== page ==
During initial contact and during a scheduled site visit, an initial assessment is made to establish equipment need & placement arrangements to ensure our operations do not interfere with or prevent necessary daily operations of the client
We identify and access any and all possible risk prior to contract writing or water entry.
Mil-Vet Pro Divers utilizes underwater video ROV to document and identify all possible "unknowns" that must be dealt with as part of the service contract. We plan first the required and necessary work and then work the accepted plan once approved.
Once on site, we deliver exactly as promised with military precision. Our competitors cannot begin to come close. No change of scope occurs without client approval & authorization. Change orders are often necessary to effectively meet the clients exact need but are never initiated without signature.
Mil-Vet Professional Divers teams are classified as underwater specialty trade contractors; required to document and maintain detailed and accurate site reports for each client and each project we perform for that client. These documents are in both written and video formats, providing a sustainable record for any possible audit or inspection. Video is never edited it is a real time legal document of the clients project. Dock, Dam & Ship Services video may be edited on request but both realtime and edited versions are submitted to our clients.
This is extremely valuable to our clients who provide services to Government agencies and International Clients or parent agencies.
Association of DIving Contractors International without research to support it recommends a minimum 3-man team. This team must have Commercial Diving Certifications. This has allowed stake holding companies (ADCI Members) to drive down rates to increase profit. However; U.S. Government Diving agencies demand no less than 5 and prefer 6 on all USACE (Army Corps of Engineers, and USCG (Coast Guard) projects. No government agency (with the exception of NOAA - Scientific Diving purposes) allows the use of recreational diving equipment on their projects and explicitly prohibits recreational divers to perform work. Therefore all state OSHA offices are required by statute to enforce these policies. Unfortunately due to lack of experience, many OSHA investigators cannot or do not enforce their own regulations as written. Recently one investigator has defended a recreational divers right to represent themselves as a commercial agency in their state despite objections of the OSHA office in the Divers home state. Investigators are tasked with enforcing the rules unilaterally they do not have the authority to "Interpret the rules" that they are required to enforce.
Q: "Can any recreational Diving Shop or the Master SCUBA Diver that runs it work for pay with PADI or NAUI SCUBA Card?"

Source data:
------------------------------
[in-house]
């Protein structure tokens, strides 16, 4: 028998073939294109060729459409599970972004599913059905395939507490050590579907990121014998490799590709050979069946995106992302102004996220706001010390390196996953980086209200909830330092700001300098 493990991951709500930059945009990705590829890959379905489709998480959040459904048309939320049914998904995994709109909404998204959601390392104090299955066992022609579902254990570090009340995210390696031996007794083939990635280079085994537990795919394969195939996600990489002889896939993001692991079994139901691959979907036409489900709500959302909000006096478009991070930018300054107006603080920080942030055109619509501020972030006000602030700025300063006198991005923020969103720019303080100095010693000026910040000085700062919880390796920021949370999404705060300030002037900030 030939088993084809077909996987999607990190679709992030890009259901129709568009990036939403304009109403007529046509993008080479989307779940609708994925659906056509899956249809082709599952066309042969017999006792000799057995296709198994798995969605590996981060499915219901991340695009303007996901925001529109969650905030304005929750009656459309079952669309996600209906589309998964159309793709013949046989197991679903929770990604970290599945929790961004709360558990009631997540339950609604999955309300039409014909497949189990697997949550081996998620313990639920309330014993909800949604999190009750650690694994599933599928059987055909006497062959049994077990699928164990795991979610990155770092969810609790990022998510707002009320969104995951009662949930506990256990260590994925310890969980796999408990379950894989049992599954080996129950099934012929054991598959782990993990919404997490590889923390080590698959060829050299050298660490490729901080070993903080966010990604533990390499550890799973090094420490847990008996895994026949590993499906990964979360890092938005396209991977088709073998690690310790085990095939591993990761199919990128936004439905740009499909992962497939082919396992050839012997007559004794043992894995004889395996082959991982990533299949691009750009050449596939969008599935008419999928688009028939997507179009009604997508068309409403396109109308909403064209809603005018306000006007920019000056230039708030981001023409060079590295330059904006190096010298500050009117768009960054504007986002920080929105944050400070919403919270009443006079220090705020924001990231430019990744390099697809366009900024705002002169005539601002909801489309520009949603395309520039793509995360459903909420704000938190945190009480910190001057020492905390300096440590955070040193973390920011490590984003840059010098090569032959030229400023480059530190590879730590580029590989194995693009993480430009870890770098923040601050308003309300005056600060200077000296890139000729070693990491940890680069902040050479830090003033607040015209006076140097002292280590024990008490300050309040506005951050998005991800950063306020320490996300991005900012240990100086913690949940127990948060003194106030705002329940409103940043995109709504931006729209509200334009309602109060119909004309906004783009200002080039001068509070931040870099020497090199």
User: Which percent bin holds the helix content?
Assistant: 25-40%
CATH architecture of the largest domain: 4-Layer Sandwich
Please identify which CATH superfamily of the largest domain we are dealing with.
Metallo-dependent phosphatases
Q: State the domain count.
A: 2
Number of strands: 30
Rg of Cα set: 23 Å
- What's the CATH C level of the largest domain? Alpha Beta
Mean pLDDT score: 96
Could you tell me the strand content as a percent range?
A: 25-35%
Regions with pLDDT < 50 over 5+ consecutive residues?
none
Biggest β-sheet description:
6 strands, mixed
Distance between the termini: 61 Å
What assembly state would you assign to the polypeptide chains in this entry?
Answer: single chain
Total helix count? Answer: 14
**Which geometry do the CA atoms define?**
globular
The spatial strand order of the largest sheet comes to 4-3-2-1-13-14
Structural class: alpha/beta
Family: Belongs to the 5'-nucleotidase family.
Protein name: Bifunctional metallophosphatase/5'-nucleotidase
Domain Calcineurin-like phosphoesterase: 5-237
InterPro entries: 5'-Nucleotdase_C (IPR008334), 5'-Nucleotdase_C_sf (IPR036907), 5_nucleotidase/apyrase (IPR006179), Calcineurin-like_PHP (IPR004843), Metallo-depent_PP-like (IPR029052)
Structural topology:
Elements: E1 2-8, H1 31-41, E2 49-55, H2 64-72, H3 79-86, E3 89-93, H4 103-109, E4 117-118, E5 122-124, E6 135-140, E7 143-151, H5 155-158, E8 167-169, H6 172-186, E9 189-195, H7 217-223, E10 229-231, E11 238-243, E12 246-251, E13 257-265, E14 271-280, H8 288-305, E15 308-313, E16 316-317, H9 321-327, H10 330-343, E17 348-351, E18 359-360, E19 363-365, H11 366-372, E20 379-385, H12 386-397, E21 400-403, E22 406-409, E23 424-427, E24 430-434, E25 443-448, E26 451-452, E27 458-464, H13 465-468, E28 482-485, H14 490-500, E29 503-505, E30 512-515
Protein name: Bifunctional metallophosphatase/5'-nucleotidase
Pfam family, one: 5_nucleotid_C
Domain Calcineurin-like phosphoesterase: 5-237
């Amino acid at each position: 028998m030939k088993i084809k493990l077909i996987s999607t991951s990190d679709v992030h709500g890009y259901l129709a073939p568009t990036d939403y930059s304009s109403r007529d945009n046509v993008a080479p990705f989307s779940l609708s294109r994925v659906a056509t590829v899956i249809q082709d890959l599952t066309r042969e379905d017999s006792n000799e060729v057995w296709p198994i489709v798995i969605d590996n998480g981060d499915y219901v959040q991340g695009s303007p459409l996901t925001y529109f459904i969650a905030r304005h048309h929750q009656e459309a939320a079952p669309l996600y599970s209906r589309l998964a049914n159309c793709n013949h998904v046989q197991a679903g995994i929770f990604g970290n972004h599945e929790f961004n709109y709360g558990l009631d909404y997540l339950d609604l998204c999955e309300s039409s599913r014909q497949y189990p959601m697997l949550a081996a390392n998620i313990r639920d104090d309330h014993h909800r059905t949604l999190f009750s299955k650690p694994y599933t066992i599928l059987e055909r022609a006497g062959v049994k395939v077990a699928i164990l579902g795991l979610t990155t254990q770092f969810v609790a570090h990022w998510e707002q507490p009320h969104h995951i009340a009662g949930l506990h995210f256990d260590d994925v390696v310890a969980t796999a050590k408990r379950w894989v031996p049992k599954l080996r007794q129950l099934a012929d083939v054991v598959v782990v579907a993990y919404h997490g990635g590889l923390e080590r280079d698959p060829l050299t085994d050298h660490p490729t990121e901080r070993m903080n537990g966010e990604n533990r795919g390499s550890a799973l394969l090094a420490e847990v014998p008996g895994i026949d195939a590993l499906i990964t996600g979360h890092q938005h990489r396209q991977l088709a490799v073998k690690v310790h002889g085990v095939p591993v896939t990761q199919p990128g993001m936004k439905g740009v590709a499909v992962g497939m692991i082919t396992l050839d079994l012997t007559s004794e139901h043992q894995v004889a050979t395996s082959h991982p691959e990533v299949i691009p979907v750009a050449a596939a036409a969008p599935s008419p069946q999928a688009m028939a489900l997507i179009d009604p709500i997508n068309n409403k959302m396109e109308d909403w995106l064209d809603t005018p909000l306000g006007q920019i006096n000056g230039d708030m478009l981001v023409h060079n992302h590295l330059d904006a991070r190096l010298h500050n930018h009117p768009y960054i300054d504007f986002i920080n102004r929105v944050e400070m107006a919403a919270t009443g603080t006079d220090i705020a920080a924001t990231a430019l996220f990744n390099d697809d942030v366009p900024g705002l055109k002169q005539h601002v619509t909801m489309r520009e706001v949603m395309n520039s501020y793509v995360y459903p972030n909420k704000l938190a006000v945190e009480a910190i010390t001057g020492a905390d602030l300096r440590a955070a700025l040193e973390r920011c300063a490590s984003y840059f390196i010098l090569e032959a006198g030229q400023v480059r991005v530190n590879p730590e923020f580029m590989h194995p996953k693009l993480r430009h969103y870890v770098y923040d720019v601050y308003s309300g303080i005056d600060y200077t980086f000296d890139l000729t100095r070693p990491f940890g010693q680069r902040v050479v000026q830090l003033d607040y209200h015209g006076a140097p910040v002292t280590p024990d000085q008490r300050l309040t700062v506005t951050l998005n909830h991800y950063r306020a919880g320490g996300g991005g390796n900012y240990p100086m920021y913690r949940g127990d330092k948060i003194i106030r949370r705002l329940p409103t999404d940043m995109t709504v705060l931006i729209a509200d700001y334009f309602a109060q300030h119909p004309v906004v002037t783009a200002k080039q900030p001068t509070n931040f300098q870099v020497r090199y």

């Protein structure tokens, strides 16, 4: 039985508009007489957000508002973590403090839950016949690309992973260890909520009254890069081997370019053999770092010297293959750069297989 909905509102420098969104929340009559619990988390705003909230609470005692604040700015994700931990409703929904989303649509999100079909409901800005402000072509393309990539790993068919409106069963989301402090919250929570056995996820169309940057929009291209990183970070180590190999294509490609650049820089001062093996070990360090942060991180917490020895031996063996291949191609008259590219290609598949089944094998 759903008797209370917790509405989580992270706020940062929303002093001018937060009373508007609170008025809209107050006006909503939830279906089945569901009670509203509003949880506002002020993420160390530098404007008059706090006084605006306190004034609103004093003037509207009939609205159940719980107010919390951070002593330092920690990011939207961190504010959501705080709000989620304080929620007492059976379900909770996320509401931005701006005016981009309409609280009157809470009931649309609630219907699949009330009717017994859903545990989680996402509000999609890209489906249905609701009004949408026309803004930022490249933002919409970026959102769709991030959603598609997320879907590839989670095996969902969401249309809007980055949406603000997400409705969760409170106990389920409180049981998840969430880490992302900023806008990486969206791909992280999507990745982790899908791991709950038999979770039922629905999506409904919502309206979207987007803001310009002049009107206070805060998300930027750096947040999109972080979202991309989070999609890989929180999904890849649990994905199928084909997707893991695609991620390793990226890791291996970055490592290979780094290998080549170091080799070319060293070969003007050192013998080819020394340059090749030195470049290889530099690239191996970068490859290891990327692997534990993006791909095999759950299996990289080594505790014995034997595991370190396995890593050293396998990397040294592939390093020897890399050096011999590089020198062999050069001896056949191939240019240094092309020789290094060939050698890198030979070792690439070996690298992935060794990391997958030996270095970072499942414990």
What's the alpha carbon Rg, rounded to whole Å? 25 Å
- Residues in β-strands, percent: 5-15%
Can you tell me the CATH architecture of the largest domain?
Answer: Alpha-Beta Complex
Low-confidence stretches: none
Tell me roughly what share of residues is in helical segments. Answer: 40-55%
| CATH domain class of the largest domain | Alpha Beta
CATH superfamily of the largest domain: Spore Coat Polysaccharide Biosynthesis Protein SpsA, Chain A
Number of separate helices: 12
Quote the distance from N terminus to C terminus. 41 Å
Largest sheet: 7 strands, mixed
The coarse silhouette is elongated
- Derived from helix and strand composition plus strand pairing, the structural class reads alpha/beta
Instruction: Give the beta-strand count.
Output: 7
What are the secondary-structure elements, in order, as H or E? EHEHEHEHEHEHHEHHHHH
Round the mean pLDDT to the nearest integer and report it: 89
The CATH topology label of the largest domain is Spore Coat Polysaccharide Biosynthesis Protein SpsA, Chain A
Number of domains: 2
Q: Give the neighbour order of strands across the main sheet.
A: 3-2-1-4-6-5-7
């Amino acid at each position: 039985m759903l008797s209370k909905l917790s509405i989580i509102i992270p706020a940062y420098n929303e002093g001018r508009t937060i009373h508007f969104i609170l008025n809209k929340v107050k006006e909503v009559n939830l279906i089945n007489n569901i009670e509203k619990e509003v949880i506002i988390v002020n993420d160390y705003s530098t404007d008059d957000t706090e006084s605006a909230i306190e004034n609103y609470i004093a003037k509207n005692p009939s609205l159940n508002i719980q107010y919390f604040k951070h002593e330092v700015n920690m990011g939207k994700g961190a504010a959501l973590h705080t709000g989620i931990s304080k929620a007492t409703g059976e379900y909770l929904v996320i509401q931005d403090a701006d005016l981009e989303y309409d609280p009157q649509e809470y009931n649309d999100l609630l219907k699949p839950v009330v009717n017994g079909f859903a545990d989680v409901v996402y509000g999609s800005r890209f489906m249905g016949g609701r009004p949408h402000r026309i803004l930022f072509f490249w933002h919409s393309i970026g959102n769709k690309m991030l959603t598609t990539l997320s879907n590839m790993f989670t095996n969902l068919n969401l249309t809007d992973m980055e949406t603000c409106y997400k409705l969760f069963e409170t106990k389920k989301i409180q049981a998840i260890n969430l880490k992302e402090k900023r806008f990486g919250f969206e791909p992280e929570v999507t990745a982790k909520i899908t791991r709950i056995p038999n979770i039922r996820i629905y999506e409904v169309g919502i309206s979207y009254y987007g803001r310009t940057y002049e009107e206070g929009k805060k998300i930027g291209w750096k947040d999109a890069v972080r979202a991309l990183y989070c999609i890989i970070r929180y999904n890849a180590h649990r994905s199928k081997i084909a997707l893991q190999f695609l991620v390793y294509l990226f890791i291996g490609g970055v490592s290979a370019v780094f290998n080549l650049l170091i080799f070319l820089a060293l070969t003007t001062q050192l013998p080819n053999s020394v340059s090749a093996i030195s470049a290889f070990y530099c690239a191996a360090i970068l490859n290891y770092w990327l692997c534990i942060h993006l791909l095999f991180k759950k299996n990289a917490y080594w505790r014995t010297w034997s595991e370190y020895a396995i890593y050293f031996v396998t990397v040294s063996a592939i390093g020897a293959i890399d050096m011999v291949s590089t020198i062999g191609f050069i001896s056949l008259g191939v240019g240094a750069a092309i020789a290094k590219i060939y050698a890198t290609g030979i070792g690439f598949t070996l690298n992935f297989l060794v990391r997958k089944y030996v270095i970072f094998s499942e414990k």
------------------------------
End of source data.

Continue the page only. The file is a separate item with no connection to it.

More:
A: No!, 29 & 46 Code of Federal Regulations (CFR) forbid it; unless he or she is instructing students or leading a guided dive or in rare cases employed as a scientific (not a working diver - there is a legal difference).
This was validated in a letter from the DIrector of PADI to the Director of the ADCI in 2010, who Stated that;
"As a recreational training organization, PADI courses and programs prepare people for leisure diving. Upper level programs such as PADI Divemaster and PADI Instructor prepare divers to train and supervise recreational divers. PADI courses (at any level) are not intended, nor designed to prepare people for commercial diving activities. They do not suffice to meet 29 and 46 CFR regulations directed to the conduct of Commercial Diving Operations.
Recreational diving certification from PADI alone should not be considered adequate training in bidding for underwater work of the nature described by your standards of operation..... " Drew Richardson - President & Chief Executive Officer of PADI World Wide"
Emphasis on WORLD WIDE - PADI Directives bar using SCUBA Credentials as equal to Commercial training regardless of rank in the organization any where in the world. If PADI agrees OSHA (in every state) should use this to enforce their own written regulations.
Q: WHat is the difference in training?"
A: Recreational DIvers can "Train" online. their cheapest open water basic course is about $100.00 USD with a dive or two in a local pool and just 1 dive to 100' and your done!
Commercial Divers however must be physically present for a minimum of 740 hours and train to US Navy Dive Tables and industry principles they are required to pass pre entry and annual post education physicals and maintain Government required and industry inspected logs.Some Commercial Companies require mental evals. These dedicated men and women spend nearly $25000.00 in basic education and equipment and nearly $!,000,000.00 over a career life time in continuing education and annual equipment upgrades.
In short PADI or NAUI recreational cards are just what they say. Recreational use only- no PADI or NAUI training can prepare any recreational diver for a Commercial Diving environment and many die trying to disprove this fact.